Organizations that understand the Al Capone theory of sexual harassment have an advantage: they know that reports or rumors of sexual misconduct are a sign they need to investigate for other incidents of misconduct, sexual or otherwise. Sometimes sexual misconduct is hard to verify because a careful perpetrator will make sure there aren’t any additional witnesses or records beyond the target and the target’s memory (although with the increase in use of text messaging in the United States over the past decade, we are seeing more and more cases where victims have substantial written evidence). But one of the implications of the Al Capone theory is that even if an organization can’t prove allegations of sexual misconduct, the allegations themselves are sign to also urgently investigate a wide range of aspects of an employee’s conduct.

Some questions you might ask: Can you verify their previous employment and degrees listed on their résumé? Do their expense reports fall within normal guidelines and include original receipts? Does their previous employer refuse to comment on why they left? When they give references, are there odd patterns of omission? For example, a manager who doesn’t give a single reference from a person who reported to them can be a hint that they have mistreated people they had power over.

Another implication of the Al Capone theory is that organizations should put more energy into screening potential employees or business partners for allegations of sexual misconduct before entering into a business relationship with them, as recently advocated by LinkedIn cofounder and Greylock partner Reid Hoffman. This is where tapping into the existing whisper network of targets of sexual harassment is incredibly valuable. The more marginalized a person is, the more likely they are to be the target of this kind of behavior and to be connected with other people who have experienced this behavior. People of color, queer people, people with working class jobs, disabled people, people with less money, and women are all more likely to know who sends creepy text messages after a business meeting. Being a member of more than one of these groups makes people even more vulnerable to this kind of harassment – we don’t think it was a coincidence that many of the victims of sexual harassment who spoke out last month were women of color.

What about people whose well-intentioned actions are unfairly misinterpreted, or people who make a single mistake and immediately regret it? The Al Capone theory of sexual harassment protects these people, because when the organization investigates their overall behavior, they won’t find a pattern of sexual harassment, plagiarism, or theft. A broad-ranging investigation in this kind of case will find only minor mistakes in expense reports or an ambiguous job title in a resume, not a pervasive pattern of deliberate deception, theft, or abuse. To be perfectly clear, it is possible for someone to sexually harass someone without engaging in other types of misconduct. In the absence of clear evidence, we always recommend erring on the side of believing accusers who have less power or privilege than the people they are accusing, to counteract the common unconscious bias against believing those with less structural power and to take into account the enormous risk of retaliation against the accuser.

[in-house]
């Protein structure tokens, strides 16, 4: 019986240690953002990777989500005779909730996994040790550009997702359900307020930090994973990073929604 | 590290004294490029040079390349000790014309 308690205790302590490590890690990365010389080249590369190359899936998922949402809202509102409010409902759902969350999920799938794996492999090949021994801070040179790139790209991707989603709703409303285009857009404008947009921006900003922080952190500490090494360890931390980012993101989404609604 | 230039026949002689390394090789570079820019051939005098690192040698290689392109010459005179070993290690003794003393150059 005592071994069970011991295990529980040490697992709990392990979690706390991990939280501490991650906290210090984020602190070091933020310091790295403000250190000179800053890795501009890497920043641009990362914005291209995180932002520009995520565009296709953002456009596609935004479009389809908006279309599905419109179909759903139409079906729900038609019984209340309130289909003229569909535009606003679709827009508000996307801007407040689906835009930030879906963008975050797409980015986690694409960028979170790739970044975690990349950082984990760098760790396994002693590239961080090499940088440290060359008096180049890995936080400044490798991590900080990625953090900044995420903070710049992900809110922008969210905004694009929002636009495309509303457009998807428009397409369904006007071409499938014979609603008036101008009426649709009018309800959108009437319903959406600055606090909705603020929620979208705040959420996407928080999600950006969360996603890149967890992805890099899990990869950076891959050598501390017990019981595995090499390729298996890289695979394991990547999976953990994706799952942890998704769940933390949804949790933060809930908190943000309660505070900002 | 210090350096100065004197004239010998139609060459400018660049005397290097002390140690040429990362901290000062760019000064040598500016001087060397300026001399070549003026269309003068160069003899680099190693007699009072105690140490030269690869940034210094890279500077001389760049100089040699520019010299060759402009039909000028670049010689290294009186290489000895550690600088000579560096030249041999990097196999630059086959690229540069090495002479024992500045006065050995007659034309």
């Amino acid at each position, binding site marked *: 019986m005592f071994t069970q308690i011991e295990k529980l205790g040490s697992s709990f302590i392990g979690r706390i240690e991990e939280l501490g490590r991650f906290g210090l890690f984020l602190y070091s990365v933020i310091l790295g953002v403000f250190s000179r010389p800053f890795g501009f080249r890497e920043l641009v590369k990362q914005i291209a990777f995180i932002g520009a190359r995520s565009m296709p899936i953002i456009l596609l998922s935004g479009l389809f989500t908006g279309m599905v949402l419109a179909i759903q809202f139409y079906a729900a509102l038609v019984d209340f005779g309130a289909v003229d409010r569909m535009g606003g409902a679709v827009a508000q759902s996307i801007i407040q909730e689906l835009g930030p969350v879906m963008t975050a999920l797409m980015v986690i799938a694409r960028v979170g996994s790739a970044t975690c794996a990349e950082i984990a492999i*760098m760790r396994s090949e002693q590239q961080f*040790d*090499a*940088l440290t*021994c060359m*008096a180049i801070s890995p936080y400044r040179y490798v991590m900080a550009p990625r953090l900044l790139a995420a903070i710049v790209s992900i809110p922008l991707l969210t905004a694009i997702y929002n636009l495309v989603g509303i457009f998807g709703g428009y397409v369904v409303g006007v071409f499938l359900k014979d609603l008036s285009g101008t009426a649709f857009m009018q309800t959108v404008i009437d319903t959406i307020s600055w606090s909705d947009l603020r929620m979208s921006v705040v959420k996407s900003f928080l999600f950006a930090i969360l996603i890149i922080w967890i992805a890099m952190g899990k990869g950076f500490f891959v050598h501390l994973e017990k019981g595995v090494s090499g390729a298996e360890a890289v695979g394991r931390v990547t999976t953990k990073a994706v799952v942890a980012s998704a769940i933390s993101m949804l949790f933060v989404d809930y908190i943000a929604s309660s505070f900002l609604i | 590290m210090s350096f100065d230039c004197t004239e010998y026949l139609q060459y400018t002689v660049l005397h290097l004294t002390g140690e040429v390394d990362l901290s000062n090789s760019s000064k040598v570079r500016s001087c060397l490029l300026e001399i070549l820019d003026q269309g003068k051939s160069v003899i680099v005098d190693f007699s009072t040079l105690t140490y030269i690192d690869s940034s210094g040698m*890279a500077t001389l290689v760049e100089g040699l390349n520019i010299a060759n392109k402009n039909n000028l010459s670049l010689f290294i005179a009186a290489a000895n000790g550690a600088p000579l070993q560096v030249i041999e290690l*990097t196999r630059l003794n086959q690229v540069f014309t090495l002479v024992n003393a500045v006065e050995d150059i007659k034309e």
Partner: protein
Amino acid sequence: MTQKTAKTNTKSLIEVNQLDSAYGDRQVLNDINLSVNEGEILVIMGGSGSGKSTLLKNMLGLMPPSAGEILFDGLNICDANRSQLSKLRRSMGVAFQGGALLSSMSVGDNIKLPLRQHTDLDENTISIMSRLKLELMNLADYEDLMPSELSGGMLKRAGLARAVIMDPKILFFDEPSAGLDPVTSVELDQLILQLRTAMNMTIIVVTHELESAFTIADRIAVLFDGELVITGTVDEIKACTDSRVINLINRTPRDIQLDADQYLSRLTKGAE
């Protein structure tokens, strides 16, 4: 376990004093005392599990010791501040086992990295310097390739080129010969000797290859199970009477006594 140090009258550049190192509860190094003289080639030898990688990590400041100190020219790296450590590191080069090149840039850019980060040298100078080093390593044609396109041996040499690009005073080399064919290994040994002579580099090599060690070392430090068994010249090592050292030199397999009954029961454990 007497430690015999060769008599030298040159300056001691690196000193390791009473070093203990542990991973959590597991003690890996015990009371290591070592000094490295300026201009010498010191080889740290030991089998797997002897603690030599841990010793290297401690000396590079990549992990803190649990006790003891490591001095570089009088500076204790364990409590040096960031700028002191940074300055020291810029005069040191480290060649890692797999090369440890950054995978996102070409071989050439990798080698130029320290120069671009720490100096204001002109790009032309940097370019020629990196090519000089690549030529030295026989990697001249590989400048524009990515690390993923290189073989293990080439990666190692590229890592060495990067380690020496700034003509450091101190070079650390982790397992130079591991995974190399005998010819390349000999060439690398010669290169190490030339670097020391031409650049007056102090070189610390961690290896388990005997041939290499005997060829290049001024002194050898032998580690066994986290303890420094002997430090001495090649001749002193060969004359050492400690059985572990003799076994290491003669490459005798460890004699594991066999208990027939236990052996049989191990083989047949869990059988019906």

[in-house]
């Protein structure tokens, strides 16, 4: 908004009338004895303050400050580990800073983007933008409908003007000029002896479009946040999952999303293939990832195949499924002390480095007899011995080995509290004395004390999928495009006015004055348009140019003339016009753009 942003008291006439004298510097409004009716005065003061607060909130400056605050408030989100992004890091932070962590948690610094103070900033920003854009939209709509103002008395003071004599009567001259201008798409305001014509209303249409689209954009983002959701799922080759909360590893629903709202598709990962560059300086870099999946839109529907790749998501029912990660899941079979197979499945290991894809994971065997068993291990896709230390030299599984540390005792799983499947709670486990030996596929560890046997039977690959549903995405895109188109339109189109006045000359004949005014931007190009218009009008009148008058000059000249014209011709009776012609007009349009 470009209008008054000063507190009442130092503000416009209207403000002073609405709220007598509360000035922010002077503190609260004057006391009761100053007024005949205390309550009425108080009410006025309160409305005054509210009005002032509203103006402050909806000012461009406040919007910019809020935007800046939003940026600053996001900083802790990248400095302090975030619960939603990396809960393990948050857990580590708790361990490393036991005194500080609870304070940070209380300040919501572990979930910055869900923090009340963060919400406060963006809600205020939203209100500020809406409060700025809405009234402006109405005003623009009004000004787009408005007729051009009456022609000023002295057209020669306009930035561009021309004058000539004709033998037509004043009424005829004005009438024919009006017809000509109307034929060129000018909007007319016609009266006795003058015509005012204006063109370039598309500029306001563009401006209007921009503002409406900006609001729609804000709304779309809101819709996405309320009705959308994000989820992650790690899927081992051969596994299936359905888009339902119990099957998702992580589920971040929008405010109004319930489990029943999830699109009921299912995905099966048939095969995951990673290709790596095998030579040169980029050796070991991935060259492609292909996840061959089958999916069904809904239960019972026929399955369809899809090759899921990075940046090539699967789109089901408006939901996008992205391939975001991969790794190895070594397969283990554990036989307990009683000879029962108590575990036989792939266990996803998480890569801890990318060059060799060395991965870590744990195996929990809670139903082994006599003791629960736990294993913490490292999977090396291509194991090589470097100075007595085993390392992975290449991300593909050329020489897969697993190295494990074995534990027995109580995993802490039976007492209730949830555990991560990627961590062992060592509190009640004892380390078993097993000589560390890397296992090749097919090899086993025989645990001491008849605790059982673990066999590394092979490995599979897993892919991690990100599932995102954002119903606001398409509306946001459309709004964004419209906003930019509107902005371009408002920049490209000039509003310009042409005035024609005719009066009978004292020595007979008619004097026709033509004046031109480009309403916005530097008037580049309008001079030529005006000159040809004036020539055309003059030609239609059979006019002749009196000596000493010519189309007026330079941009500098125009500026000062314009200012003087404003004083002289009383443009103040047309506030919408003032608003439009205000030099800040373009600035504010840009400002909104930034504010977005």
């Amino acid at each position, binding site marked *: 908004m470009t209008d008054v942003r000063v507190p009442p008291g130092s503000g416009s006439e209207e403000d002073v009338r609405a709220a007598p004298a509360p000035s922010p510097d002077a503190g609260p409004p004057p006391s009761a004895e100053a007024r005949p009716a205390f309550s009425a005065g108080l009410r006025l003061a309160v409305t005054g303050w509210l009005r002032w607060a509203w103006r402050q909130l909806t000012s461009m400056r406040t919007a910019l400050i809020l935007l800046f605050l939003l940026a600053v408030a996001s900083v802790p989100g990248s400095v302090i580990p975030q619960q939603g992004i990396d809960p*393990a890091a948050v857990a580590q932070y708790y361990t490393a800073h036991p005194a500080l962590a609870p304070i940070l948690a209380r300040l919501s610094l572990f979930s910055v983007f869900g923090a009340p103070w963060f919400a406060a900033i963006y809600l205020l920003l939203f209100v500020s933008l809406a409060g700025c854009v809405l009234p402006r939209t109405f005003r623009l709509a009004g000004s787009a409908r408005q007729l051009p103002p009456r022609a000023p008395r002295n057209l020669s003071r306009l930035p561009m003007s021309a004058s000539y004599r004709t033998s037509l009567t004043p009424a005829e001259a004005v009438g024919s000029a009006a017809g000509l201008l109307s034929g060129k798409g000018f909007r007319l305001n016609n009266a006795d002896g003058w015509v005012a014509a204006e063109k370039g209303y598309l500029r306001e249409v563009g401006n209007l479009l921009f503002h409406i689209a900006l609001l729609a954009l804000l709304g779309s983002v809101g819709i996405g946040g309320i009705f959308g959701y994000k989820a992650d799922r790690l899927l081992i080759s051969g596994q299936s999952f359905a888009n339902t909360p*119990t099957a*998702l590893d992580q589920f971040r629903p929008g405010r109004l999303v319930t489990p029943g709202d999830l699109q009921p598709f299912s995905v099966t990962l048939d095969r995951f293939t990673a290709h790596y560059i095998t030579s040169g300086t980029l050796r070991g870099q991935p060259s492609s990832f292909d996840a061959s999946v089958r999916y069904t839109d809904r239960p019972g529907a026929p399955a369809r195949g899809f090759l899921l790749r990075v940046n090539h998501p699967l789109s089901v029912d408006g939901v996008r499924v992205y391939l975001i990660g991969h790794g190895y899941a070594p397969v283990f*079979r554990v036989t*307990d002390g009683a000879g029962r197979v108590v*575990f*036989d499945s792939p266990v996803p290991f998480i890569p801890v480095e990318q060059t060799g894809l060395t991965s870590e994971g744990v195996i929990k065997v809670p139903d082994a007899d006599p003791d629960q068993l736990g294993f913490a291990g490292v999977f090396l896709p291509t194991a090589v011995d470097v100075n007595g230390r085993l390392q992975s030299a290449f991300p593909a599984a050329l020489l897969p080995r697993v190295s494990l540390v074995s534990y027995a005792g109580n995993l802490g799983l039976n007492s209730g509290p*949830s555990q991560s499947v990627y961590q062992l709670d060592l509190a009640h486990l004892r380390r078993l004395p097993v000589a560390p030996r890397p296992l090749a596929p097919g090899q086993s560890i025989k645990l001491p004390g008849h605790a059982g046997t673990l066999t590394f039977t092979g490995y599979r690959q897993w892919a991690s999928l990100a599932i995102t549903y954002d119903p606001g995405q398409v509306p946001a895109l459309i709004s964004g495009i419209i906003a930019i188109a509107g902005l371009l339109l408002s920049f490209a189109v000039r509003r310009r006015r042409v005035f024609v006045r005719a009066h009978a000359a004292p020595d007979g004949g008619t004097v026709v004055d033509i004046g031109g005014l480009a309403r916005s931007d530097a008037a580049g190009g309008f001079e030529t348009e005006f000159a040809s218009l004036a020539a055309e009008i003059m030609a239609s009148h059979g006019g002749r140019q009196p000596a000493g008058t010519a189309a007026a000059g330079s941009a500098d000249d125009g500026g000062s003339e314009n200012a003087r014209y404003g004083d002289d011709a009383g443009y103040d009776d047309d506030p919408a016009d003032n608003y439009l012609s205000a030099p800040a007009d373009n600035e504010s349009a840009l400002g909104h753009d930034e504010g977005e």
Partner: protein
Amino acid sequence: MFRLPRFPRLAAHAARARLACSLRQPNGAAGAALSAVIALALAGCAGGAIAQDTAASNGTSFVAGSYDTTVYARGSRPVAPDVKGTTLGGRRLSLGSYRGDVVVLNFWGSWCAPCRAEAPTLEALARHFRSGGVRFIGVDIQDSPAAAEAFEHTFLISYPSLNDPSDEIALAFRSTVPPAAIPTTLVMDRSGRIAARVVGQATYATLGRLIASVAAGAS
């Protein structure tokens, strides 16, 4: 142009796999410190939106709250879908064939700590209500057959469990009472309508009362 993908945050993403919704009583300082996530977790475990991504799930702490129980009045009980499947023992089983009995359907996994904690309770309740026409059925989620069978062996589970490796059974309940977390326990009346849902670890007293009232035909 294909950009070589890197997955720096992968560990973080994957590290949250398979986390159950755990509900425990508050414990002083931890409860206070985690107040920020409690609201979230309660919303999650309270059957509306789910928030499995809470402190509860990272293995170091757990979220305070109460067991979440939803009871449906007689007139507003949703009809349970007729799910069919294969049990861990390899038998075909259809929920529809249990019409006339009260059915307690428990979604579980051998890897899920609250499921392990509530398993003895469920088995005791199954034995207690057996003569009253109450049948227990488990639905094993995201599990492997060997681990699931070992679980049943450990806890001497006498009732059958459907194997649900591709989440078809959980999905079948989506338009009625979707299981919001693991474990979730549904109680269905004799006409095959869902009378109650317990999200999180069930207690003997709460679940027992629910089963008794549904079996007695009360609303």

Some people ask whether the Al Capone theory of sexual harassment will subject men to unfair scrutiny. It’s true, the majority of sexual harassment is committed by men. However, people of all genders commit sexual harassment. We personally know of two women who have sexually touched other people without consent at tech-related events, and we personally took action to stop these women from abusing other people. At the same time, abuse more often occurs when the abuser has more power than the target – and that imbalance of power is often the result of systemic oppression such as racism, sexism, cissexism, or heterosexism. That’s at least one reason why a typical sexual harasser is more likely to be one or all of straight, white, cis, or male.

What does the Al Capone theory of sexual harassment mean if you are a venture capitalist or a limited partner in a venture fund? Your first priority should be to carefully vet potential business partners for a history of unethical behavior, whether it is sexual misconduct, lying about qualifications, plagiarism, or financial misdeeds. If you find any hint of sexual misconduct, take the allegations seriously and step up your investigation into related kinds of misconduct (plagiarism, lying on expense reports, embezzlement) as well as other incidents of sexual misconduct.

Because sexual harassers sometimes go to great lengths to hide their behavior, you almost certainly need to expand your professional network to include more people who are likely to be targets of sexual harassment by your colleagues – and gain their trust. If you aren’t already tapped into this crucial network, here are some things you can do to get more access:

These are all aspects of ally skills – concrete actions that people with more power and privilege can take to support people who have less.

Finally, we’ve seen a bunch of VCs pledging to donate the profits of their investments in funds run by accused sexual harassers to charities supporting women in tech. We will echo many other women entrepreneurs and say: don’t donate that money, invest it in women-led ventures – especially those led by women of color.